New Medication Drop Boxes Added, Which Accept More Items


Disposal of a wide variety of medications has become easier in Wasco and Sherman counties.

Previously, just two locations had drop boxes, one in The Dalles and one in Moro in Sherman County. Now, not only are there more drop box sites — as well as a new mail-in option — but the new drop boxes accept a wider variety of medicines than before.

Julie McAllister-Wynne is the administrative assistant and evidence technician for the Sherman County Sheriff’s Office in Moro, which got the upgraded MED-Project drop box late last year. The new drop box not only takes pills, as before, but now also accepts more types of medications, such as inhalers, unused epi pens, liquids and ointments, she said.

The Dalles Police Department has long had a drug drop box, but it also upgraded to the new MED-Project box last year. Plus, two more drop box locations were added in The Dalles, at Mid-Columbia Medical Center’s pharmacy, and at MCMC’s Celilo Cancer Center.

Also, the new MED-Project program has mailers that people can pick up at three locations in Wasco and Sherman counties and simply put their medicine in and mail them to the disposal site.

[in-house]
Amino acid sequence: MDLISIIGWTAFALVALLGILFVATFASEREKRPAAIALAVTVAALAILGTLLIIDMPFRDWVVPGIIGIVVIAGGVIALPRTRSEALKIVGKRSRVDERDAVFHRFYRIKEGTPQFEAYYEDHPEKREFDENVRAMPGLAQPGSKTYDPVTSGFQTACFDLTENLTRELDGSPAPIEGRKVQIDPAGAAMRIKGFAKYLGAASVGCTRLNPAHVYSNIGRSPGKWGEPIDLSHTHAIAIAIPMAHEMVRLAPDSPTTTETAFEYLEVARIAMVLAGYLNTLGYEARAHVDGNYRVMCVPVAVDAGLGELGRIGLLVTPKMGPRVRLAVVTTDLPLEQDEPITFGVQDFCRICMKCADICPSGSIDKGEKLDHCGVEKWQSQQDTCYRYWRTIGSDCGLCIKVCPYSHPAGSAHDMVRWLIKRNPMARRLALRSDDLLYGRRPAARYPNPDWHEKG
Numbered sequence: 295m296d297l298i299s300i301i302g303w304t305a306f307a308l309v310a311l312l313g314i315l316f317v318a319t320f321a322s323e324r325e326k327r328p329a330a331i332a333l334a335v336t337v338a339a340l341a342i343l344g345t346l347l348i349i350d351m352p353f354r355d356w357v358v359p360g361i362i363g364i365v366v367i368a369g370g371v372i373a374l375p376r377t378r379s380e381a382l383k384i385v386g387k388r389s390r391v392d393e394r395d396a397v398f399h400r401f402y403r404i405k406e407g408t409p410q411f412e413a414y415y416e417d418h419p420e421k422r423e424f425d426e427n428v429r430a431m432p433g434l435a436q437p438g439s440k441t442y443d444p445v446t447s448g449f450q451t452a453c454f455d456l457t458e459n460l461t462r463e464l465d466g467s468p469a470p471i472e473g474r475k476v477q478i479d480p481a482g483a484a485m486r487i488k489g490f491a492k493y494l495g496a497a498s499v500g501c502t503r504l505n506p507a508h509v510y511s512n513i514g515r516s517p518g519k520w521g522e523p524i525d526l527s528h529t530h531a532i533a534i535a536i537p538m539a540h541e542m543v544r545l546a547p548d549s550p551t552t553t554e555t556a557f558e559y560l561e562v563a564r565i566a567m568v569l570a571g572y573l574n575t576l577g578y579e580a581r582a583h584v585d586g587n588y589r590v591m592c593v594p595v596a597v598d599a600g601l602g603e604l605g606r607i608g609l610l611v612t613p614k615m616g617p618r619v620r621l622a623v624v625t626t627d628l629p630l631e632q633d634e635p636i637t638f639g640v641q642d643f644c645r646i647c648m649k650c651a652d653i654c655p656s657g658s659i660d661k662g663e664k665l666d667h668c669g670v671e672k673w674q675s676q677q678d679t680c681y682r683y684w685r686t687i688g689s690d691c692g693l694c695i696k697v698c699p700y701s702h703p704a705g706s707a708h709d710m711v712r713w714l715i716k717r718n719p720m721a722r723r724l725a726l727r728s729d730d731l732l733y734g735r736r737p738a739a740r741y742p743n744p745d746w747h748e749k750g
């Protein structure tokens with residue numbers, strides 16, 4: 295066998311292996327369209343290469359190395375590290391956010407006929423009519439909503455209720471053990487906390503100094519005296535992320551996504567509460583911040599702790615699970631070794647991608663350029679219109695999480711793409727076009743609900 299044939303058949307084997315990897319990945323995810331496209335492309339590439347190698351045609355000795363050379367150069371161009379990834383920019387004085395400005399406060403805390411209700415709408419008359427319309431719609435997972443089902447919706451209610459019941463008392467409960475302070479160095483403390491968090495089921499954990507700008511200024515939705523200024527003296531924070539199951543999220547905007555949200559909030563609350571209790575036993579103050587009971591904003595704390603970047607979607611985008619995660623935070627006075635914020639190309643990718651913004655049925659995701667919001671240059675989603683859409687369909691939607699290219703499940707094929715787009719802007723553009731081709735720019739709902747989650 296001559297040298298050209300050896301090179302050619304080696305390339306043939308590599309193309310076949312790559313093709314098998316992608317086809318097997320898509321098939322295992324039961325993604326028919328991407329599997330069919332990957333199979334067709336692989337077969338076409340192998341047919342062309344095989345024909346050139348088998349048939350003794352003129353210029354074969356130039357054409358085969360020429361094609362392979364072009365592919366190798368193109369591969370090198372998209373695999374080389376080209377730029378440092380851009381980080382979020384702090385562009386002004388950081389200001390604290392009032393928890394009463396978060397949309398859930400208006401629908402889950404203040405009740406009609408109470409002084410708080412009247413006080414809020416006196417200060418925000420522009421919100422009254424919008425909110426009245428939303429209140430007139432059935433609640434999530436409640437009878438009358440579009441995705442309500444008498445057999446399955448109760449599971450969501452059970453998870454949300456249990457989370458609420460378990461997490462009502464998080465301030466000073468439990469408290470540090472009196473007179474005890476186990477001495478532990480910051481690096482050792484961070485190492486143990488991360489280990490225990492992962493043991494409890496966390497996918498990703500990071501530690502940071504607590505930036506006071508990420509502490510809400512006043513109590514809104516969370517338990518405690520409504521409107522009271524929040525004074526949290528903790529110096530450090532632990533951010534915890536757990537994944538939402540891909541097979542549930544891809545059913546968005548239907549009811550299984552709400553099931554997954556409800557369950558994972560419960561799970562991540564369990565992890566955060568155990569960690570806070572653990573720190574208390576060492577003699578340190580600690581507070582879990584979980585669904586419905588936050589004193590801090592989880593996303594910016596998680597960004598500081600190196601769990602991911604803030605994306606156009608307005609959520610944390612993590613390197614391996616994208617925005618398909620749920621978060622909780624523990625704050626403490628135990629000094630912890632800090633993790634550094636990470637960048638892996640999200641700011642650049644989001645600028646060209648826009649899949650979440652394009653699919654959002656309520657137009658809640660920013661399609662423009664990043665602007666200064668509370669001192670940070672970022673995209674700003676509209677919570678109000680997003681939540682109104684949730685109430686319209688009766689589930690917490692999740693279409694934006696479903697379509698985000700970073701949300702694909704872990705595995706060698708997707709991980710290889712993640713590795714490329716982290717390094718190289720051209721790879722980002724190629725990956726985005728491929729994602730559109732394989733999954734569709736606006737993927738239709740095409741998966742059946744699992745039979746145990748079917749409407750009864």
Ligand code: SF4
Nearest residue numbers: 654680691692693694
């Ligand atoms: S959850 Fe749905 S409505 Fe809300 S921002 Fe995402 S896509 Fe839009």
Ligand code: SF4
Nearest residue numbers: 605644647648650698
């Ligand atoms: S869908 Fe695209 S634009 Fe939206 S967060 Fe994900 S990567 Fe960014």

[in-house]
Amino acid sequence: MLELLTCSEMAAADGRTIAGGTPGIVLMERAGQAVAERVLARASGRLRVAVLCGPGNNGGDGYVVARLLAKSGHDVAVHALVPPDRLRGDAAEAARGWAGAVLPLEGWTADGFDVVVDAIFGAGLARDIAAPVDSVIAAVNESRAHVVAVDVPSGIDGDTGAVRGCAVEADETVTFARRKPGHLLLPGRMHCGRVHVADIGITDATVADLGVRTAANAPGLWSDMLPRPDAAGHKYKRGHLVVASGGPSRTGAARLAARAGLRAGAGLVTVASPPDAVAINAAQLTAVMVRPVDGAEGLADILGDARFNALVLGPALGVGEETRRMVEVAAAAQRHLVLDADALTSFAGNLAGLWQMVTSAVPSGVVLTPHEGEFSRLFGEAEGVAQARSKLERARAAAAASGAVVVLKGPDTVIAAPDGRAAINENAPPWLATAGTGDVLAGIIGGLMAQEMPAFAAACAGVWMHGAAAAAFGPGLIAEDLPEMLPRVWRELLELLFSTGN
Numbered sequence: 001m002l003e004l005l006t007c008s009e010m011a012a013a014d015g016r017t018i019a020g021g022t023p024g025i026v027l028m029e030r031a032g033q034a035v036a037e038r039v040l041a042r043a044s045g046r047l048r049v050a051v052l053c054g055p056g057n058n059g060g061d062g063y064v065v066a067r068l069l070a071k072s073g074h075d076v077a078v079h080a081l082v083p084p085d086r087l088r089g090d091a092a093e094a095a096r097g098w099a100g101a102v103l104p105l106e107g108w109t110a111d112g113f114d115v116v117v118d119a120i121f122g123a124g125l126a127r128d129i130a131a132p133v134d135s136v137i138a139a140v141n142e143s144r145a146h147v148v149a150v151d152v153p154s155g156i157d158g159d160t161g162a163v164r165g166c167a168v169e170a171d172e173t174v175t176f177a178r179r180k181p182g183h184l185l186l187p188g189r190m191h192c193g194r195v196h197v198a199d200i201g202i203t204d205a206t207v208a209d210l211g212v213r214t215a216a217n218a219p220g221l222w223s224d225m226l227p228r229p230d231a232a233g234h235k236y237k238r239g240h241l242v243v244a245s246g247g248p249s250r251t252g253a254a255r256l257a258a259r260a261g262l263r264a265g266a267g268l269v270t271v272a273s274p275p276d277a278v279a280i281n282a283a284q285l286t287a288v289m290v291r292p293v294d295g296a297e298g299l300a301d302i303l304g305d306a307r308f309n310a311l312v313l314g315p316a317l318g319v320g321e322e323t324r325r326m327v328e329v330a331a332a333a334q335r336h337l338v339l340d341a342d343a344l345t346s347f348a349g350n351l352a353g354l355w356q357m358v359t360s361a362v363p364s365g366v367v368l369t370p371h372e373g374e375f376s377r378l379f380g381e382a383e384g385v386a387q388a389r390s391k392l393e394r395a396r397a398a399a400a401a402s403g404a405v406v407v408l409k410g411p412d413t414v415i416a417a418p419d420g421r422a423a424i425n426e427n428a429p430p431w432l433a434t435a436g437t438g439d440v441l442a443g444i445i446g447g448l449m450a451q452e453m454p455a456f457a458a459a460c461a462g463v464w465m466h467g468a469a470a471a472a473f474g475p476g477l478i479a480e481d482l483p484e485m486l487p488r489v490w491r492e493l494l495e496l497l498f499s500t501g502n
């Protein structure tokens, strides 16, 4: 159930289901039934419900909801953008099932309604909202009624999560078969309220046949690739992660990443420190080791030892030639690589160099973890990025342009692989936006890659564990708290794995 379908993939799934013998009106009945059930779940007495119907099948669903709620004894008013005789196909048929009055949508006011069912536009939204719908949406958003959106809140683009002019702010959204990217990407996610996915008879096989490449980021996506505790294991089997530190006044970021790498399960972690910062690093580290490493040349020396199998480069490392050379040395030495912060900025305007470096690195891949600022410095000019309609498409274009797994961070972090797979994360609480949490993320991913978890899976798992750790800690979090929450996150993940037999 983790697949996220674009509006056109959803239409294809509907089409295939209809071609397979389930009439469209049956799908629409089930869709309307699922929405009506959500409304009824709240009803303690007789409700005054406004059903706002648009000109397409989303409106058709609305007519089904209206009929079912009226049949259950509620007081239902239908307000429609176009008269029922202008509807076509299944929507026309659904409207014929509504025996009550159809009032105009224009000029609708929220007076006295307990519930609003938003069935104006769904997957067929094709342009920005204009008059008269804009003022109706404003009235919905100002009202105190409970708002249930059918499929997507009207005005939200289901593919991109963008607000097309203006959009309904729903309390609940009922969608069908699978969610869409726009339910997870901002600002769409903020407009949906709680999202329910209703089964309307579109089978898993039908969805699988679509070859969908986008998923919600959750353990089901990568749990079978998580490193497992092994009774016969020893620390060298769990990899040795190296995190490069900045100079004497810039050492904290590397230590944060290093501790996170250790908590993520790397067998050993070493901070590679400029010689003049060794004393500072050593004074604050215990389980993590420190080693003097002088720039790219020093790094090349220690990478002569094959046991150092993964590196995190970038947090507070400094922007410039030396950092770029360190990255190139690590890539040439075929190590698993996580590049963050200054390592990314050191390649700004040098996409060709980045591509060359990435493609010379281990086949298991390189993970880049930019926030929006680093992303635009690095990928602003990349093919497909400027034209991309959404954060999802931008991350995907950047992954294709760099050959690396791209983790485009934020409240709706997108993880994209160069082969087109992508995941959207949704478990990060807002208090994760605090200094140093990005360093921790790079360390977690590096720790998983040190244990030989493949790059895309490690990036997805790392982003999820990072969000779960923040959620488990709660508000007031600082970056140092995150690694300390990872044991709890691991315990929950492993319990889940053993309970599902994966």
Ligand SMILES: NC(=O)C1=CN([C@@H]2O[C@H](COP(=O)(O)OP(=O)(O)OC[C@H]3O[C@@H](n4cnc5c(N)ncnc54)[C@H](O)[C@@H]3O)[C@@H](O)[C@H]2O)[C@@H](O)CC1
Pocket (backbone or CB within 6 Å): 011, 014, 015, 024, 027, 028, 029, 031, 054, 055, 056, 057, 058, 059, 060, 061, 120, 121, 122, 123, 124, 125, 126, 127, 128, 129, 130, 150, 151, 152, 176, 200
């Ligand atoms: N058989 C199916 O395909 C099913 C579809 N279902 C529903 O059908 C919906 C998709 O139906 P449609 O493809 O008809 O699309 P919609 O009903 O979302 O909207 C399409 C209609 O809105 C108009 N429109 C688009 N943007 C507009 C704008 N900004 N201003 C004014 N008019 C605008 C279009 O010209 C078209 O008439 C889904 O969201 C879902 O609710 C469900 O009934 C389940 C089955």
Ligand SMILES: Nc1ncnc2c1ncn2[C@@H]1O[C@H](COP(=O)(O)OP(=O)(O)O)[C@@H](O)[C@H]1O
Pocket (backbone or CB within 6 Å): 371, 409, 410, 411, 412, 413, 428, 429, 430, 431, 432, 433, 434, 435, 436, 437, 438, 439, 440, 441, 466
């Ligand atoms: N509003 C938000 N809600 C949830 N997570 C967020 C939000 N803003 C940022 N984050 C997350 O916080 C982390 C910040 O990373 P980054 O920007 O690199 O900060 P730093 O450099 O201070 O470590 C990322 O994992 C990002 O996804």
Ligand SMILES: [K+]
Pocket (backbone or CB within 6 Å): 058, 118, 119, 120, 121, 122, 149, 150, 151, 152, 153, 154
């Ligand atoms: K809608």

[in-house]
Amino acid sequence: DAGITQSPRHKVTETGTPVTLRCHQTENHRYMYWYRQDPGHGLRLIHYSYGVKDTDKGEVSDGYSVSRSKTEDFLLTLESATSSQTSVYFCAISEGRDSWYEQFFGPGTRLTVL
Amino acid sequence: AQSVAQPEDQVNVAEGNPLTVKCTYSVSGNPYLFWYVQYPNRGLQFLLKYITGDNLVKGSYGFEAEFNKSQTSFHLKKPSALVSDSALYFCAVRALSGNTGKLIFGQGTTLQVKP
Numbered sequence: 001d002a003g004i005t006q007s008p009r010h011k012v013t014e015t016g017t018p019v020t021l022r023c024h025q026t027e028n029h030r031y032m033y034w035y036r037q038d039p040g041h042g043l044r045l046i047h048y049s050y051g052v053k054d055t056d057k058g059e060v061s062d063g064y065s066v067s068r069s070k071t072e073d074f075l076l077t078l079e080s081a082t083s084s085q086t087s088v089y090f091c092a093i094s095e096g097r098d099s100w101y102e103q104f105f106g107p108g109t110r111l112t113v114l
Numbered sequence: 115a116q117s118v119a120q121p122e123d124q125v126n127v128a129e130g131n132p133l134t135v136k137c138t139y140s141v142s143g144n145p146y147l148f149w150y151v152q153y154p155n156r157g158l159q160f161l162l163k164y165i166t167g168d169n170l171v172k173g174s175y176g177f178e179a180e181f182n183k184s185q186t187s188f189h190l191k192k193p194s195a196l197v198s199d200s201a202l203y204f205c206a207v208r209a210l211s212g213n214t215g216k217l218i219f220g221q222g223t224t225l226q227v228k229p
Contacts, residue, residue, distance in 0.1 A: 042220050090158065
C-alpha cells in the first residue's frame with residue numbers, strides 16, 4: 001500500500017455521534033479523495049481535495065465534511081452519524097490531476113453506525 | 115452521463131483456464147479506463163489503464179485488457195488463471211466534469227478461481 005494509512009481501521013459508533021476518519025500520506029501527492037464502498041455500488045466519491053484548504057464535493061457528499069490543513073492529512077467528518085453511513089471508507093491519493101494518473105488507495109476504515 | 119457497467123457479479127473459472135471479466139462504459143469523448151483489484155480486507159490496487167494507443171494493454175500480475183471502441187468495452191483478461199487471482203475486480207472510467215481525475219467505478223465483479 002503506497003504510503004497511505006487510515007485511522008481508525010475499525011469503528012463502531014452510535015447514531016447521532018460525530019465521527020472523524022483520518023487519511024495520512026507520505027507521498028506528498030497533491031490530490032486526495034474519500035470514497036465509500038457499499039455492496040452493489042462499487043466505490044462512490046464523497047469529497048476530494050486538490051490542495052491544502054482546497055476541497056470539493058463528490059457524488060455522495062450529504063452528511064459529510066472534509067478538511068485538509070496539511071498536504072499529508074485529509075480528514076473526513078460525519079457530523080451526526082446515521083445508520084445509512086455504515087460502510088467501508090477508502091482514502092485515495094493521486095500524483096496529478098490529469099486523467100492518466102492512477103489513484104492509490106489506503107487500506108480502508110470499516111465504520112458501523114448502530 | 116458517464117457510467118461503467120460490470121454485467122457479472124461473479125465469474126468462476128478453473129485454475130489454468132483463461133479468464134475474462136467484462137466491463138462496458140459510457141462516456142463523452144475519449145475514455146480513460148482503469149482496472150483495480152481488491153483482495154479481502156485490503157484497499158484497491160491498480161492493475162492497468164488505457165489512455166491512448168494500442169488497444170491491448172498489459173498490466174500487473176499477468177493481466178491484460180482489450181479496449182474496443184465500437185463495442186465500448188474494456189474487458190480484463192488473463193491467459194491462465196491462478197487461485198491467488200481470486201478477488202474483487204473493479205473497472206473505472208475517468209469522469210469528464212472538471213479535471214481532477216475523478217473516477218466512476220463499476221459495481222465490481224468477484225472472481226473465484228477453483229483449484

The sites that offer the mailers are in Maupin at the Southern Wasco County Library, at the Shaniko Fire Department, and at Grass Valley City Hall.

People can also request free pre-paid, pre-addressed mailers online at https://med- Mailback package options are for medicines, inhalers or injectors.

“It will be more beneficial to our community, so I am very excited about that, “said McAllister-Wynne. Since its installation last fall it has gotten more use because it accepts more products, she said.

The new MED (Medication, Education and Disposal) Project also doesn’t require her to drive the discarded medications to Salem for disposal anymore. Now she can mail them at no cost.

The previous drop box system was in place for about six years in Moro. “It was wonderful when we got it because it was a great place for people to get rid of medication instead of throwing it in the trash or the toilet,” McAllister-Wynne said.

It’s good for the environment because it keeps medications from ending up in the water supply, and it’s also good for the public because it keeps prescription narcotics from ending up in the wrong hands.

To read more about Oregon’s MED-Project drop box program, visit

(For more information, please contact North Central Public Health District at (541) 506-2600, visit us on the web at or find us on Facebook.)

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